In time for Australia Day, January 26, dig into the story behind that peculiarly Australian icon of headwear: the rabbit fur felt hat.
This post is the third in a series co-developed by Jono Lineen and other curators that explores Australians’ experiences with rabbits through objects in the National Museum’s collections.
Infamous here as pests on the land, Australia’s wild rabbits achieved international fame for their contribution to fashion. From the late nineteenth century many millions of rabbits took on new identities as coats and hats, a furry and felty invasion welcomed in cities and towns around Australia and overseas. Continue reading
The first thing I noticed about the Jockey Club Museum of Climate Change was the noise. When I arrived, a class of school students had just been released from formal proceedings for some “unstructured time” in the exhibition space, which prompted laughter, squealing and generally excitable tones from otherwise impeccably behaved students. My host and one of the creators of the museum, Dr Matthew Pang, paused at the cacophony. “That is my favorite sound to hear in the Museum…It always brings a smile to my face”. Continue reading
As part of the Food Stories project, we’ve been working with Moonah Primary School in Hobart, and with Reuben Parker-Greer from the Museum of Old and New Art, or MONA. Reuben runs a scheme that supports kitchen garden initiatives at schools located near MONA, including Moonah Primary. As the National Museum and MONA share an interest in the amazing work that Moonah Primary has achieved in their school kitchen and garden, we decided to combine forces and embark on a unique learning journey that explored the dynamic food culture of the Moonah area. Continue reading
This post is the second in a series co-developed by Jono Lineen and other curators that explores Australians’ experiences with rabbits through objects in the National Museum’s collections.
Rabbit trapping helped sustain many Australians through tough times of the nineteenth and twentieth centuries, providing livelihoods, extra income or food. Rabbits were plentiful and trapping looked on as a simple way to convert a problem into something useful: money, a hot dinner or furred garment. Besides potential victims, prospective trappers had only a few basic needs: Continue reading
Friday 17 August 1906. The Galilee, once the fastest clipper on the Pacific Ocean and now a research vessel for the Department of Terrestrial Magnetism (DTM) on its second scientific voyage, lies on its side in Yokohama Harbour, the victim of a savage typhoon. On board is some of the latest scientific and navigational equipment, including four marine chronometers. By Saturday evening, the vessel was righted and all the equipment saved. One of the chronometers – Dent two-day marine chronometer No 53862 – is now in the collection of the National Museum of Australia. How did it get there? Continue reading
This week the People and the Environment team has welcomed Lucy, a work experience student from Hay War Memorial High School.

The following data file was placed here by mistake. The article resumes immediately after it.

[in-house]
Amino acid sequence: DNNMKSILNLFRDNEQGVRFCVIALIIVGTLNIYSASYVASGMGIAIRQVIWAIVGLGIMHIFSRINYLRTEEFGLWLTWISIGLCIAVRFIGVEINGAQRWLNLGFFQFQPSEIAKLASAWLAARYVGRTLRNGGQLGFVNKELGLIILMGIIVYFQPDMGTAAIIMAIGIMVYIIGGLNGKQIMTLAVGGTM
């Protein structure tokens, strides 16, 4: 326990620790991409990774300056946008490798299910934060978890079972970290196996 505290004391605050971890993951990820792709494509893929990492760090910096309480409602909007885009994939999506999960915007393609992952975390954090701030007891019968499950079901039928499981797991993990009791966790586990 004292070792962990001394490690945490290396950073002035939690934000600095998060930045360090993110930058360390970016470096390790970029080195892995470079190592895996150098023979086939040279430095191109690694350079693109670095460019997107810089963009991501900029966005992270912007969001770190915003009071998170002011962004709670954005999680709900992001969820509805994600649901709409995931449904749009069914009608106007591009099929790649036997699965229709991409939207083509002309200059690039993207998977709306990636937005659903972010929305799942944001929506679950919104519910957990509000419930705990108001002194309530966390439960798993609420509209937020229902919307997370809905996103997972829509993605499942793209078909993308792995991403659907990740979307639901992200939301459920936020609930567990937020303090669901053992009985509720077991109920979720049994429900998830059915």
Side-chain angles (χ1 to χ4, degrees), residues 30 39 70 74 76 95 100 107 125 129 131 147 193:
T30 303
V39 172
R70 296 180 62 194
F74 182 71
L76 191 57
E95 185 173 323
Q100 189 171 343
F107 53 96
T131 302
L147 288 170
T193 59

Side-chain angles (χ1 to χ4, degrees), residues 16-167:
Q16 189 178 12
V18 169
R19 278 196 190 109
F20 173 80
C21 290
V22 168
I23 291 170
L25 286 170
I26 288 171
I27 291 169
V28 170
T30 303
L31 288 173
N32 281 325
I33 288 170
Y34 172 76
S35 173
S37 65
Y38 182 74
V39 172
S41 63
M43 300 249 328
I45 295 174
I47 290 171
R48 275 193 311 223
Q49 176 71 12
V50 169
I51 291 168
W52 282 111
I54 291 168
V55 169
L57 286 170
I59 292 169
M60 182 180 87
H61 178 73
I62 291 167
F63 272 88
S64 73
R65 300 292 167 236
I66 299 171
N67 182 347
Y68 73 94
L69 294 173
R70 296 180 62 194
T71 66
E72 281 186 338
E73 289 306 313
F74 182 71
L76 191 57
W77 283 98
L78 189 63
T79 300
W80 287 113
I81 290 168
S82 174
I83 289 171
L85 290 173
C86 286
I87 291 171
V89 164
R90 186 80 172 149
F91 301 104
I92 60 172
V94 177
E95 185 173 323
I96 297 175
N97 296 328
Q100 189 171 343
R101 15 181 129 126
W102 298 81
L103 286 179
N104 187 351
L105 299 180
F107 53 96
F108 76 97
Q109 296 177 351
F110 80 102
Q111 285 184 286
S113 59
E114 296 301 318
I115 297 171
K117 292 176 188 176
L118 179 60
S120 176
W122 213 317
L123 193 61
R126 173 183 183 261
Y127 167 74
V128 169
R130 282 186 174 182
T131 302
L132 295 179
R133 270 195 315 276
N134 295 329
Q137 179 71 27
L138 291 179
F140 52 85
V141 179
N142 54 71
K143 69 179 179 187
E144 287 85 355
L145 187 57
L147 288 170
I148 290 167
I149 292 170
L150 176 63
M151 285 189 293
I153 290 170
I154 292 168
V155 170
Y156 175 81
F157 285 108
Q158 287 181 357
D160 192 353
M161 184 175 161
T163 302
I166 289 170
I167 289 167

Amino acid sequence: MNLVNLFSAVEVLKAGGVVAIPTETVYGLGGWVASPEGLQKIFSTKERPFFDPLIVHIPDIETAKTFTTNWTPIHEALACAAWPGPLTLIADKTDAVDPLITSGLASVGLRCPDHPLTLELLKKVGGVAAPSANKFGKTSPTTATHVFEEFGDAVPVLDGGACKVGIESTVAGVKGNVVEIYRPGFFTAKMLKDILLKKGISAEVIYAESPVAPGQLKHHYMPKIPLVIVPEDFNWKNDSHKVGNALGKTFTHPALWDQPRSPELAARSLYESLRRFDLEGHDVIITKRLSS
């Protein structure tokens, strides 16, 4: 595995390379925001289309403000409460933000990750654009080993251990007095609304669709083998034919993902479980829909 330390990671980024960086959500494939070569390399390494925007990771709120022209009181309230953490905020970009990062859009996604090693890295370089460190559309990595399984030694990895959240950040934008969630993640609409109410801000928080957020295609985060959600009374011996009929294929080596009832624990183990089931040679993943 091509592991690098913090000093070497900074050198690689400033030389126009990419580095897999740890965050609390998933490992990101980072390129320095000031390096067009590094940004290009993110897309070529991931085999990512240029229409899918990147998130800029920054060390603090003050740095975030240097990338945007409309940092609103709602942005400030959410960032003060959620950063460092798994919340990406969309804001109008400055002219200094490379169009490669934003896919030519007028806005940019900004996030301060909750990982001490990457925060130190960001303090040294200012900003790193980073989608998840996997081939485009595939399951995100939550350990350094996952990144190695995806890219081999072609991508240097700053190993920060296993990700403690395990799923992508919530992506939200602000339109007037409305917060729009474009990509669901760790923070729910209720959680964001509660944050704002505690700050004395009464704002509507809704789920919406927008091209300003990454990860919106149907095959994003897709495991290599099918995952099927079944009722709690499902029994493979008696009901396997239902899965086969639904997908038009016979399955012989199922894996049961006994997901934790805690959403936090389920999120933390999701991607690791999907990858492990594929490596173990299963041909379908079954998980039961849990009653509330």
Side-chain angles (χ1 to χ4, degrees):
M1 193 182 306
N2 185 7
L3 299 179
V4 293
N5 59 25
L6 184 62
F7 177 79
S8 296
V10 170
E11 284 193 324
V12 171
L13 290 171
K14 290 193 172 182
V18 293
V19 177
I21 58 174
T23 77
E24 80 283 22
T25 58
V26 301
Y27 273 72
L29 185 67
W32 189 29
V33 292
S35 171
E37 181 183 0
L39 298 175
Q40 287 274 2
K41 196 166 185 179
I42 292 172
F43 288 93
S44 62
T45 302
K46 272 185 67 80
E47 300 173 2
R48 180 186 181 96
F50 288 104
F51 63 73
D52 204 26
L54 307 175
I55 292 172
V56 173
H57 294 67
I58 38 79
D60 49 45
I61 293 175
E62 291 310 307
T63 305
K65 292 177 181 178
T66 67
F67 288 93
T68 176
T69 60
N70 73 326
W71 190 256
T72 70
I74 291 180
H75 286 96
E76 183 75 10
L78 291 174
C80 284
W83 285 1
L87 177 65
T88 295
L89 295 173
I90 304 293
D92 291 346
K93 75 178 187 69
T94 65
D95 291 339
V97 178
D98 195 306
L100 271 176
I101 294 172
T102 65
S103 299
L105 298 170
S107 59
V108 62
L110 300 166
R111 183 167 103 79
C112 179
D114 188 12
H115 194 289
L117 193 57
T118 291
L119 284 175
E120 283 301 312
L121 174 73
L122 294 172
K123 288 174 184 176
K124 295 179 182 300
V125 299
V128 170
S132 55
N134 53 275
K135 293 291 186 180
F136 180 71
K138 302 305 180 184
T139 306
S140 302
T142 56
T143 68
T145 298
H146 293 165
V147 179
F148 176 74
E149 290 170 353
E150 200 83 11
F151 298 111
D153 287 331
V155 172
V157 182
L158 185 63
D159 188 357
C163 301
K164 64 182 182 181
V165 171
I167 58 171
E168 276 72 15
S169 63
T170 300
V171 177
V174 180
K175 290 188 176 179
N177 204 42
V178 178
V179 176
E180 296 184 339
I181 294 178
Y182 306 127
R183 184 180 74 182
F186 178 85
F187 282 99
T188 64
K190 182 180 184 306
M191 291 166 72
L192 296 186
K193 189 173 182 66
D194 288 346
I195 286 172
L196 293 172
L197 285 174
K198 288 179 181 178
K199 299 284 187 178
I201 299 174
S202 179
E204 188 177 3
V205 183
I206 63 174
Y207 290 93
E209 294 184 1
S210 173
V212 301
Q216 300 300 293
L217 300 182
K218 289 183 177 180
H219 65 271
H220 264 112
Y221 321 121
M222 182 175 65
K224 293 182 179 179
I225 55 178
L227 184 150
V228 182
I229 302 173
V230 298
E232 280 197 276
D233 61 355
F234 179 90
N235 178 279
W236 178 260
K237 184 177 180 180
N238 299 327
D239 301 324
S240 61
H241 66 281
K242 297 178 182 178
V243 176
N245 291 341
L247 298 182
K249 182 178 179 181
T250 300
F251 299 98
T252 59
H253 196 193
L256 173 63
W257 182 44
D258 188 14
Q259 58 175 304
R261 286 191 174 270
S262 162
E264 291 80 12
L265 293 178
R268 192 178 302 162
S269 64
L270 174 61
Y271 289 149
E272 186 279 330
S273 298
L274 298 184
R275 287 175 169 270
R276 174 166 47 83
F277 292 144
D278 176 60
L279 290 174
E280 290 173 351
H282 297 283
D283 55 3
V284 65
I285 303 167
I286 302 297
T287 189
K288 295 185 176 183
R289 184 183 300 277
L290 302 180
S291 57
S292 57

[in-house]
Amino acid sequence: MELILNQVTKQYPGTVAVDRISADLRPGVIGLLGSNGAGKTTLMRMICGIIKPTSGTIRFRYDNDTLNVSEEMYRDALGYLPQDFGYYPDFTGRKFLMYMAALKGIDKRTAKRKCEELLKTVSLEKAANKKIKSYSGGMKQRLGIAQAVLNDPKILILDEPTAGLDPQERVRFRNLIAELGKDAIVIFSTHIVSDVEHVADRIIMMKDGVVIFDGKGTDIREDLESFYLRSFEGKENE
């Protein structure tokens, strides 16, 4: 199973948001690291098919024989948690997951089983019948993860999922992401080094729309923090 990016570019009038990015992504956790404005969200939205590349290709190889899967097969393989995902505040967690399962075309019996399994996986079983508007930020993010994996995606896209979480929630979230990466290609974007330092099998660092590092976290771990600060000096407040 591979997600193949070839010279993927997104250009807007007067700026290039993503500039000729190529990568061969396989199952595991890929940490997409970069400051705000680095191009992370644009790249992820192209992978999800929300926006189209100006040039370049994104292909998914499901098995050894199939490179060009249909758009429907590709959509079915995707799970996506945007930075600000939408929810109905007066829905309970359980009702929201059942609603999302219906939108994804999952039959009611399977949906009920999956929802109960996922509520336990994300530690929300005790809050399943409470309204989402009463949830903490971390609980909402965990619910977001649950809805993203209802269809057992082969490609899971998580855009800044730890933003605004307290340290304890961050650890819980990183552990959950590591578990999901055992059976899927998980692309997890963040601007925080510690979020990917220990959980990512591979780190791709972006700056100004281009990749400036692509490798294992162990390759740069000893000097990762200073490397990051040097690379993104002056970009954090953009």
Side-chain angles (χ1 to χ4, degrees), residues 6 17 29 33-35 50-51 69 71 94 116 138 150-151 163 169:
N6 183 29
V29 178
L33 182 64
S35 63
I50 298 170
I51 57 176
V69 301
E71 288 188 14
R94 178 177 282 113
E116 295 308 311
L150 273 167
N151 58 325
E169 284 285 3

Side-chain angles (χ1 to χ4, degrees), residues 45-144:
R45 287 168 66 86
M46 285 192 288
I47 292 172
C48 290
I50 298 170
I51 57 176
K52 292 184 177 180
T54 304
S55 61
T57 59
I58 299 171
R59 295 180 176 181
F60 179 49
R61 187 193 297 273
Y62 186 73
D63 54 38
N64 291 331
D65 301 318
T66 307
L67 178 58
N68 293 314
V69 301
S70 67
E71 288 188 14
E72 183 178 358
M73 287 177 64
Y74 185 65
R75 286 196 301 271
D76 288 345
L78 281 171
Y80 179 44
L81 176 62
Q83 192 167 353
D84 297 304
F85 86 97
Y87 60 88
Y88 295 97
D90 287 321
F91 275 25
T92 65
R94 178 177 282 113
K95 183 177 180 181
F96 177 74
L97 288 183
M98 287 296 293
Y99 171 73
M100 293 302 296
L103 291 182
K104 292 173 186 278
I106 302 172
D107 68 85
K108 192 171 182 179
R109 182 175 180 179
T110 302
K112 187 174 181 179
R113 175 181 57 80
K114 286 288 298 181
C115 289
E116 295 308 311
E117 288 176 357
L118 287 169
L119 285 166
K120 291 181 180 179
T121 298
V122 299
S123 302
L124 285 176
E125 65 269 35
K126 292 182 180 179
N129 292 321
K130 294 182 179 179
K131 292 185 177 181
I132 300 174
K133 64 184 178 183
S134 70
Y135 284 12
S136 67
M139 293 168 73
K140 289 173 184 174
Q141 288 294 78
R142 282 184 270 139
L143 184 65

Bird Week 2015, 19-23 October, is an initiative of BirdLife Australia, with the aim of inspiring Australians to take action and get involved in bird conservation efforts. This week, as many people take part in the Aussie Backyard Bird Count, they’re likely to ask: ‘What bird is that?’ Generations of Australians have answered that question with a copy of the book What bird is that? in hand, inspired and guided by the work of Neville W Cayley.
Last weekend, as the sun dropped behind the Murrumbidgee River at Narrandera in southern New South Wales, hundreds of people gathered to watch Haunting, a major projection artwork developed by the Museum’s artist-in-residence Vic McEwan. Haunting considers the dramatic transformation of the Murrumbidgee region and much of southern Australia from grassland and bush into a modern agricultural landscape, and the still unfurling consequences of past actions for people, other species, places and climate. The performance was part of the On Common Ground arts festival, an initiative of Vic and Sarah McEwan’s The Cad Factory and the local community. Continue reading
The National Museum of Australia holds many different objects that together record the ecological and social significance of the feral European wild rabbit. Recently, curators in the People and the Environment team have looked again at these rabbit items and the fascinating stories they hold. This post is the first in a series co-developed by Jono Lineen and other curators that explores Australians’ experiences with rabbits through objects in the National Museum’s collections.
The European wild rabbit (Oryctolagus cuniculus) has been a particularly successful, damaging and enduring coloniser of Australia’s landscapes. Purposefully released, most notably – though not exclusively – by Thomas Austin on his Victorian property in late 1859, rabbits quickly proved problematic and came to be recognised as a pest. Even with well over a century of attempts at Continue reading
Almost 100 years ago, at the height of the First World War, a small party of scientists from the Department of Terrestrial Magnetism (DTM) in Washington, led by Wilfred Charles Parkinson and William Fisher Wallis, travelled across south-west Australia seeking a suitable location for a magnetic observatory. They finally settled on a site at Watheroo, about 225 kilometres north of Perth. The instrument they used in their search – theodolite-magnetometer CIW-18 – is now in Australia’s National Historical Collection (NHC), where it represents a significant part of Australia’s, and the world’s, scientific heritage. Continue reading